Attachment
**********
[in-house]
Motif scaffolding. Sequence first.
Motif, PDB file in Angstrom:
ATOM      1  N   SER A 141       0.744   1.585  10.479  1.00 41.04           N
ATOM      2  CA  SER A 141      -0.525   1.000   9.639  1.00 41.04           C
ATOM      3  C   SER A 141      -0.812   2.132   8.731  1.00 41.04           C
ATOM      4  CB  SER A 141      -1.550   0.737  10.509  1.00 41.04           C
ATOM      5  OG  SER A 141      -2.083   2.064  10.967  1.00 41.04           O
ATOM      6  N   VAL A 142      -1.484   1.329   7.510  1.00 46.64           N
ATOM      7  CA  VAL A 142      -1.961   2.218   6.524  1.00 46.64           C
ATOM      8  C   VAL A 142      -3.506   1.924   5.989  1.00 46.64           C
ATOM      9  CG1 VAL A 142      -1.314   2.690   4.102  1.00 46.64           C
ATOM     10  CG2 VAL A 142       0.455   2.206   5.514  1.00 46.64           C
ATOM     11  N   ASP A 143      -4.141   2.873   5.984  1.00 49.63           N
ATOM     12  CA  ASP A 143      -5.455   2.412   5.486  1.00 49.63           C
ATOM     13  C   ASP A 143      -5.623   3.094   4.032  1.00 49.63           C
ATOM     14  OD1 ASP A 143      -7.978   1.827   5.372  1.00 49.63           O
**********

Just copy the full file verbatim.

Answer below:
[in-house]
Motif scaffolding. Sequence first.
Motif, PDB file in Angstrom:
ATOM      1  N   SER A 141       0.744   1.585  10.479  1.00 41.04           N
ATOM      2  CA  SER A 141      -0.525   1.000   9.639  1.00 41.04           C
ATOM      3  C   SER A 141      -0.812   2.132   8.731  1.00 41.04           C
ATOM      4  CB  SER A 141      -1.550   0.737  10.509  1.00 41.04           C
ATOM      5  OG  SER A 141      -2.083   2.064  10.967  1.00 41.04           O
ATOM      6  N   VAL A 142      -1.484   1.329   7.510  1.00 46.64           N
ATOM      7  CA  VAL A 142      -1.961   2.218   6.524  1.00 46.64           C
ATOM      8  C   VAL A 142      -3.506   1.924   5.989  1.00 46.64           C
ATOM      9  CG1 VAL A 142      -1.314   2.690   4.102  1.00 46.64           C
ATOM     10  CG2 VAL A 142       0.455   2.206   5.514  1.00 46.64           C
ATOM     11  N   ASP A 143      -4.141   2.873   5.984  1.00 49.63           N
ATOM     12  CA  ASP A 143      -5.455   2.412   5.486  1.00 49.63           C
ATOM     13  C   ASP A 143      -5.623   3.094   4.032  1.00 49.63           C
ATOM     14  OD1 ASP A 143      -7.978   1.827   5.372  1.00 49.63           O